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Volume XVII, Issue 12 - March 19 - March 25, 2009
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We welcome your opinions and letters – with name and address. We will edit when necessary. Include your name, address and phone number for verification. Mail them to Bay Weekly, 1629 Forest Drive, Annapolis, MD 21403 •
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Thanks for 8 Days a Week

Dear Bay Weekly:

Just got my Bay Weekly today [March 19], and was absolutely delighted when I saw the colored photo and descriptive material on the Maggie Sansone concert at the Captain Salem Avery House and Museum tonight. Thanks so much for always giving good coverage to our events. It matters so much.

–Mavis Daley, Shady Side

The Value of Old Books

Dear Bay Weekly:

Bill Burton’s “The Packrat’s Reward” [Feb. 12] was so funny and good. So with an inherited library, I tried Alibris — but was not so successful. Would Mr. Burton email a direct connect for those old books? I want to follow his directions. Someone should be thrilled to read them, so I do not want to toss them.

–Marion Snyder, via email

Editor’s reply: Bill Burton’s daughter and search agent, Liz Steere, tells me that the starting point is the search engine (or for books printed in the United Kingdom). From either, look to the bottom of the page for Rare, Out-of-Print & Collectable Books. Enter that page, and choose Advanced Search. You there find blanks to fill in all the information you know about the book in hand. “Books printed before the 1970s have no ISBN number,” she notes, “so all the descriptive information you can enter about the book’s publication and condition helps identify its value.”

Good luck!

Osprey Migration Underway

Dear Bay Weekly:

As of March 12, all four of our surviving osprey are doing fine.

Adult osprey are heading north right now.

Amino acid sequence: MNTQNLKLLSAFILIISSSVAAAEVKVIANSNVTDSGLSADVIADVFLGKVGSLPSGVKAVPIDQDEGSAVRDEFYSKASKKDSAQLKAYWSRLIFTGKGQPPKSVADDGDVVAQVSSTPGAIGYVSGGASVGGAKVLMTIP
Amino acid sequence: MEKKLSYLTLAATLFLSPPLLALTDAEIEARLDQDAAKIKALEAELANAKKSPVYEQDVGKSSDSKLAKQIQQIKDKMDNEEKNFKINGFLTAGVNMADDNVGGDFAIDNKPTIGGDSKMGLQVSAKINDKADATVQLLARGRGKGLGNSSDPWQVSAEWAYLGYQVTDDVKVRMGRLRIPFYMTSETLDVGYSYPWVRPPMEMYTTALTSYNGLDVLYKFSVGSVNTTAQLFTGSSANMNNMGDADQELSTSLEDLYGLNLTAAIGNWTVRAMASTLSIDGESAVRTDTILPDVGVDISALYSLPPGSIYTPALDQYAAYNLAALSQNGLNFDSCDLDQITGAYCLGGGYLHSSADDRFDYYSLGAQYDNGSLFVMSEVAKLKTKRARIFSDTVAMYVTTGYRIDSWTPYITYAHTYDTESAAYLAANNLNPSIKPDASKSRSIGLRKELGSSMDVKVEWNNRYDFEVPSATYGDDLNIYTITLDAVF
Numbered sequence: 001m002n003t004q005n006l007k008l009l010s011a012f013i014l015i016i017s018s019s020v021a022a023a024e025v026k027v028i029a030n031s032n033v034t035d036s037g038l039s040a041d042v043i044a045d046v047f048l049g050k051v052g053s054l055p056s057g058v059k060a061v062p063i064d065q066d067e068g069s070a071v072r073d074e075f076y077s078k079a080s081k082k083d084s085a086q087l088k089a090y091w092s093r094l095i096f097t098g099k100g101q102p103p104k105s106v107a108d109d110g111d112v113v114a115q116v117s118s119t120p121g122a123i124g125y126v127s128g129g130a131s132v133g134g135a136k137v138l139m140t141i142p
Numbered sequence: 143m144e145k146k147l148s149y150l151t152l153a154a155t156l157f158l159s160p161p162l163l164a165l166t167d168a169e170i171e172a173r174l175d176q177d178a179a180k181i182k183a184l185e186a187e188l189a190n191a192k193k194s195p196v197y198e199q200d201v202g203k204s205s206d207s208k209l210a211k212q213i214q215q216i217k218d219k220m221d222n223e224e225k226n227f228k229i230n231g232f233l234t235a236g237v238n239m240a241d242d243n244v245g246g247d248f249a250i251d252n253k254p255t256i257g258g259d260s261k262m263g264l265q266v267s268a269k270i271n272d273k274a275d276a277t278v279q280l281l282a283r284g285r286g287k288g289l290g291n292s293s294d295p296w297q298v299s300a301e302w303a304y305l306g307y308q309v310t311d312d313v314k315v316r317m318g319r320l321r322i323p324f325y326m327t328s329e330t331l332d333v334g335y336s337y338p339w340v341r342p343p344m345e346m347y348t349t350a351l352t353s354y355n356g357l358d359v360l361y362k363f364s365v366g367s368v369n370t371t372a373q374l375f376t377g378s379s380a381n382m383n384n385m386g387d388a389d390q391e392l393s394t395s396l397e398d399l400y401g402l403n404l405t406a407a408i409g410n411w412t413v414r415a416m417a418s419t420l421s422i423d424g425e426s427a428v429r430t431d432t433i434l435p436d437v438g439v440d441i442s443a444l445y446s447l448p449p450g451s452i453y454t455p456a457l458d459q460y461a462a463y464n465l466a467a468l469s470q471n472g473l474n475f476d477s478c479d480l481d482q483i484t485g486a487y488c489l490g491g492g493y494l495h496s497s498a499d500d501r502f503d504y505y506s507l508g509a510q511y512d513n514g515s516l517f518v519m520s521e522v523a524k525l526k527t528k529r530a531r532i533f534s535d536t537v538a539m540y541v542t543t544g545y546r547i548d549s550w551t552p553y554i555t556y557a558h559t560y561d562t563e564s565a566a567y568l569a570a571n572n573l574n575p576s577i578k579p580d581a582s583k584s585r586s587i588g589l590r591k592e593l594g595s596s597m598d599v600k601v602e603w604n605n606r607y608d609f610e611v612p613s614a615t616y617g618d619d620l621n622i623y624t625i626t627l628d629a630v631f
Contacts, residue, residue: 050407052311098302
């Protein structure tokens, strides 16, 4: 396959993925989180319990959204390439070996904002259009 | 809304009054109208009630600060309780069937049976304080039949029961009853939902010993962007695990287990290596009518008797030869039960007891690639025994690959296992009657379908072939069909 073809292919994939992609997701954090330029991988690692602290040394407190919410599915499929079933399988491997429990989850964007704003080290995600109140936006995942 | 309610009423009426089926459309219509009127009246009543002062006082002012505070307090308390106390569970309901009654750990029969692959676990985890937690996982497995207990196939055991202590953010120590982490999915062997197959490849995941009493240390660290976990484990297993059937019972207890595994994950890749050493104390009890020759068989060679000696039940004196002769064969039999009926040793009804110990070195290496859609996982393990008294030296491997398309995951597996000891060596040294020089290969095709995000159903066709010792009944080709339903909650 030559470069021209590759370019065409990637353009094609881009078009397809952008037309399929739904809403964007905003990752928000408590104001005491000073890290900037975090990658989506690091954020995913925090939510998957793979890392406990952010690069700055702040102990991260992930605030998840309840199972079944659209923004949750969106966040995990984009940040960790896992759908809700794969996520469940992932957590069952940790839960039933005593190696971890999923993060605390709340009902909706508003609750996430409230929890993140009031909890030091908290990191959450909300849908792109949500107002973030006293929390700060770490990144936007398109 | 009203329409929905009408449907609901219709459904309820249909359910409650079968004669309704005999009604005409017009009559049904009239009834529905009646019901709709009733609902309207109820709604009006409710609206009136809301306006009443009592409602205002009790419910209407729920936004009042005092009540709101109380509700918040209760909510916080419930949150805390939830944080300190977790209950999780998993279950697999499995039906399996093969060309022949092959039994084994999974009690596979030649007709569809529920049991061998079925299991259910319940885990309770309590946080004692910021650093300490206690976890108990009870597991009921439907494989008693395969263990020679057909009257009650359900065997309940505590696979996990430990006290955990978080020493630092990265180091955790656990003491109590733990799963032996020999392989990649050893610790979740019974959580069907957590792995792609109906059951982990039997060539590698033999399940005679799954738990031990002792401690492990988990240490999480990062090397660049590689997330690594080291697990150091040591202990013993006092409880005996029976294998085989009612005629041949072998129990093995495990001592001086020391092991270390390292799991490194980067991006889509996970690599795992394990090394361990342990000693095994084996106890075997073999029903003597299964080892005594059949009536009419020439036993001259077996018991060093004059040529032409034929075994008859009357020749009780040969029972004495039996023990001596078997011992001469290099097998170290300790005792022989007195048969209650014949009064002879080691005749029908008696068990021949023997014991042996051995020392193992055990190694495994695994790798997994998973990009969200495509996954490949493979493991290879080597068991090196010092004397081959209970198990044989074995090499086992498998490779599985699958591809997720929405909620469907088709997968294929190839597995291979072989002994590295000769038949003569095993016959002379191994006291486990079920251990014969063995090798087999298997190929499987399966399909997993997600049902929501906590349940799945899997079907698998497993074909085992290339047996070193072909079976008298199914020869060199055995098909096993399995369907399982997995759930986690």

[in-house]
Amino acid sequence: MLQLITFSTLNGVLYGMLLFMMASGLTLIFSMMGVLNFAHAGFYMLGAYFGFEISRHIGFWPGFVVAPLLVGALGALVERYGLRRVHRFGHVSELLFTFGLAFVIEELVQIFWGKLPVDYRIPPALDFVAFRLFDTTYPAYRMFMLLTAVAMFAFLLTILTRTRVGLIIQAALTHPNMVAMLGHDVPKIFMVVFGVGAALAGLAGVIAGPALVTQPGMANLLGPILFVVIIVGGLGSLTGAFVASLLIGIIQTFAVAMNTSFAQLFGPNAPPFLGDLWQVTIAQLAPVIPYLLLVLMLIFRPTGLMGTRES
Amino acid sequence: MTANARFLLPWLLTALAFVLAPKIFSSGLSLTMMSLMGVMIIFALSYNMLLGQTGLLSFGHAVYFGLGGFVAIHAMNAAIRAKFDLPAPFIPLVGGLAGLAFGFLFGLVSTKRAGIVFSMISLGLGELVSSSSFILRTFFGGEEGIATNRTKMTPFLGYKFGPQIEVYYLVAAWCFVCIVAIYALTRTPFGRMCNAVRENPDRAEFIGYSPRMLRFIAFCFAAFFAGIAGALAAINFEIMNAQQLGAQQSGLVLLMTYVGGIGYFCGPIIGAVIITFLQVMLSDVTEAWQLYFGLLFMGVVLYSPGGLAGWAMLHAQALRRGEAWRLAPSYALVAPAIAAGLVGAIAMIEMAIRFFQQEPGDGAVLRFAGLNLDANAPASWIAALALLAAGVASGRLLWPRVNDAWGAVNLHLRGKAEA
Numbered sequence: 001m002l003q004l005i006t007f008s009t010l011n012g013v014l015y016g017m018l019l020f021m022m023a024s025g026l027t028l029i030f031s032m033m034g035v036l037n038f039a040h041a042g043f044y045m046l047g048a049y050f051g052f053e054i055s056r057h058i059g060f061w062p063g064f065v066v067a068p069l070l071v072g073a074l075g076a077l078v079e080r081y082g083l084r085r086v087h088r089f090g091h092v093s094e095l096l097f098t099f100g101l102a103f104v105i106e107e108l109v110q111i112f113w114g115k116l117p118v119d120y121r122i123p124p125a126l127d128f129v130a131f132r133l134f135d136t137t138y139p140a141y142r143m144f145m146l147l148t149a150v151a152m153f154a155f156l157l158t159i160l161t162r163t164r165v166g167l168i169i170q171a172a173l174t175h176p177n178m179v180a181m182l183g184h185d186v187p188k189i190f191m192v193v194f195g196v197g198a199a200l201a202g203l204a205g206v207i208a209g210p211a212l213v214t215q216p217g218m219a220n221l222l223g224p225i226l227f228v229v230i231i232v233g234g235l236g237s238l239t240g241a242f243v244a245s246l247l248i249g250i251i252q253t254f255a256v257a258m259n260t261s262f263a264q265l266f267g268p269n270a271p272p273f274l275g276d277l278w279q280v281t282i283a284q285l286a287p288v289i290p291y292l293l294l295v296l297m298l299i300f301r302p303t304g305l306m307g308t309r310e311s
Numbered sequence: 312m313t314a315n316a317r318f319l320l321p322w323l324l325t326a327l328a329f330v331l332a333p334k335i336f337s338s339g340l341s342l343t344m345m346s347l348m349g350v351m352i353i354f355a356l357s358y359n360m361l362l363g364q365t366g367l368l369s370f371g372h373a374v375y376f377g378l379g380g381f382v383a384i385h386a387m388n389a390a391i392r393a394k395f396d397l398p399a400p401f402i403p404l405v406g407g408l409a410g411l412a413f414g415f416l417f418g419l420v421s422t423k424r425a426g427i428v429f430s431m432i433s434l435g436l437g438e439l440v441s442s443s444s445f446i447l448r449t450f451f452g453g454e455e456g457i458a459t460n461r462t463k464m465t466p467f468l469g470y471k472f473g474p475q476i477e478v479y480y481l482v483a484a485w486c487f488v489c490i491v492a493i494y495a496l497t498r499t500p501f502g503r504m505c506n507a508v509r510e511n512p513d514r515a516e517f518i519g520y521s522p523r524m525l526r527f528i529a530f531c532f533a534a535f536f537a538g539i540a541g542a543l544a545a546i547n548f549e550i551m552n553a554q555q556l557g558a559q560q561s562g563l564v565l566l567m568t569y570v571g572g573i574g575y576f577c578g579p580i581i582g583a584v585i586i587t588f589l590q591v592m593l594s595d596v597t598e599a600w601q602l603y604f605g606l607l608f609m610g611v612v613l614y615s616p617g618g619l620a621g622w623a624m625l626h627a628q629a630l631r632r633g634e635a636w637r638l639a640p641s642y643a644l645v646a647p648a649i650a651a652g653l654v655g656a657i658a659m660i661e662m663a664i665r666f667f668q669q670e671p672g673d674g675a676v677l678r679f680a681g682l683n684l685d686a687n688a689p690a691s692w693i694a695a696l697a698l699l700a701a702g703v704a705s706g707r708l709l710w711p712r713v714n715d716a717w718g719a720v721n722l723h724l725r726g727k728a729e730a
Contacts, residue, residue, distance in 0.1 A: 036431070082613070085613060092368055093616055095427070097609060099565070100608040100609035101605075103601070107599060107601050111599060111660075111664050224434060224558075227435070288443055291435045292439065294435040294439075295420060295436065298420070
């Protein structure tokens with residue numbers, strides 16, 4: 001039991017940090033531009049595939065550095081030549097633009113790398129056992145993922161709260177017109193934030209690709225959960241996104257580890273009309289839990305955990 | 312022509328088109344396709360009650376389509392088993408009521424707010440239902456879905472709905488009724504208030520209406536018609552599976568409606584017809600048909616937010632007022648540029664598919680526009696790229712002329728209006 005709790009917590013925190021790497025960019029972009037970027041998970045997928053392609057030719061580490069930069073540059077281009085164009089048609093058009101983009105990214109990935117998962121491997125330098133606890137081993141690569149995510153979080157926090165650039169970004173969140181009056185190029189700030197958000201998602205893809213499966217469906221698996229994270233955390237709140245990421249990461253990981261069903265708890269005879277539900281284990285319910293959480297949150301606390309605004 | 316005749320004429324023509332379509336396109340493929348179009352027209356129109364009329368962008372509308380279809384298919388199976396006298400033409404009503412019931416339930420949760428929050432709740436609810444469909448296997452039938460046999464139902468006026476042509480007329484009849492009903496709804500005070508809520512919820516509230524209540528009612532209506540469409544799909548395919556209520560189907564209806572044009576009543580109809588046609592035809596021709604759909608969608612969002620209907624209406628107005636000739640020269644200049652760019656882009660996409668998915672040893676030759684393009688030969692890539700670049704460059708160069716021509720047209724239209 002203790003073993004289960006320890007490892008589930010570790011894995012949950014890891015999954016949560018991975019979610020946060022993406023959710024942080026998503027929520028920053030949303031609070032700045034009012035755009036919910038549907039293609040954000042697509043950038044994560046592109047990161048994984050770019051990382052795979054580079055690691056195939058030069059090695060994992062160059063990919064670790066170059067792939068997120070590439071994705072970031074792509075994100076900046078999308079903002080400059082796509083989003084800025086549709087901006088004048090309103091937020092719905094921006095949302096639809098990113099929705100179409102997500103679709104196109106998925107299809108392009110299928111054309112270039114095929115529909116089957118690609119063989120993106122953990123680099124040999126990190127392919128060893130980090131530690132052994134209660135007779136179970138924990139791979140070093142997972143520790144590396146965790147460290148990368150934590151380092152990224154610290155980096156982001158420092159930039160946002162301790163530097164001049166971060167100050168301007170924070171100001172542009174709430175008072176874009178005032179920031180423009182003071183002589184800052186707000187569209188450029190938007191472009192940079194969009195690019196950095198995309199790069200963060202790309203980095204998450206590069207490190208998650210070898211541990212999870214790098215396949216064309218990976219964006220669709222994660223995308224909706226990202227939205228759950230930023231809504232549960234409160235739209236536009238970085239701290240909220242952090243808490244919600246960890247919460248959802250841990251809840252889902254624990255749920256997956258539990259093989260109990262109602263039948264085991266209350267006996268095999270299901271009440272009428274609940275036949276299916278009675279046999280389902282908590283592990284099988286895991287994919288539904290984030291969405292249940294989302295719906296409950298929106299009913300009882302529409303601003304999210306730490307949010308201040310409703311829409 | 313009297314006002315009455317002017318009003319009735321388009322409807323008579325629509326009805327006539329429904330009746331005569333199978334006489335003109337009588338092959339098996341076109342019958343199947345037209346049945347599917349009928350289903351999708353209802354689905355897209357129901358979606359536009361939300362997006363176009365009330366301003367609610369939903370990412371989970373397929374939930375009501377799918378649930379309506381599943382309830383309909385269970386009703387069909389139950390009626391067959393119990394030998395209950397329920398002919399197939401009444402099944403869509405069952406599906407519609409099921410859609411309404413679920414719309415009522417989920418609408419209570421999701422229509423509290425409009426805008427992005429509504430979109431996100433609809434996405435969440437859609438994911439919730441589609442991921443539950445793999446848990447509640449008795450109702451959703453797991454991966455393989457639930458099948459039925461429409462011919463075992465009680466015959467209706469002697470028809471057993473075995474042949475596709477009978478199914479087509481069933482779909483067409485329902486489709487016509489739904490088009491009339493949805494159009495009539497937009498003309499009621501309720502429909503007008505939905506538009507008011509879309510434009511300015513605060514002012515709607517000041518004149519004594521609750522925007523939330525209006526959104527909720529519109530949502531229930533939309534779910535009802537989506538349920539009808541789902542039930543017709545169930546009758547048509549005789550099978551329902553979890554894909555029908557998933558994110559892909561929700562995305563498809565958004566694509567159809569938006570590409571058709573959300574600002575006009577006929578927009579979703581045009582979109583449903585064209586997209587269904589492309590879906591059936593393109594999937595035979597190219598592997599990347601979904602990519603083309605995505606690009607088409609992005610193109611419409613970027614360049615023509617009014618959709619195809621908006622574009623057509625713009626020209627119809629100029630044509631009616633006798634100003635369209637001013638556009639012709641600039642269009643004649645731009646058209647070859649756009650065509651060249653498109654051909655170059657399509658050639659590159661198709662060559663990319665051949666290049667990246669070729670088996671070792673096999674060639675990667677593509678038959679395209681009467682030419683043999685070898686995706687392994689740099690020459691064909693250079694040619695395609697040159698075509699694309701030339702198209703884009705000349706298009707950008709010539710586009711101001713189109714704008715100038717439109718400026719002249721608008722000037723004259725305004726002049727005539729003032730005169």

Youngsters, including our Claws and Conomo, probably won’t move for another month or so. They’re sort of like teenagers; not likely to start anything early. The crack of dawn meaning about noon. Tracking young ospreys on their first migration (I have tagged 22 fledglings) has proven to be a really exciting avenue of research.

But over the years we’ve lost all four tagged birds that tried to overwinter in the Dominican Republic, as well as one that was just passing through. These numbers are alarming.

I have been in touch with Jorge Brocca, president of the Hispaniola Ornithological Society, since the first bird (Mohup) was shot. When we lost the fourth bird this year, Jorge expressed concern and willingness to help launch an educational campaign. The International Osprey Foundation has agreed to a grant of $1,000, toward an estimated budget of $3,000 to 4,000 and has offered to be the conduit for any other funds we might raise.

The effort will be admittedly difficult: The budget is small, the country large and many of the people who pose a threat to osprey are beyond the reach of any sort of media campaign. Nonetheless, we feel compelled to make an effort.

So, I’m sending out this request. Contributions, earmarked for Conservation in the Dominican Republic should be sent to The International Osprey Foundation, P.O. Box 250 Sanibel Island, FL 33957

–Rob Bierregaard, UNC-Charlotte

Editor’s note: St. Patrick’s Day is the usual time osprey arrive in Chesapeake Country; starting March 15, Bay Weekly spotters began seeing returning birds.

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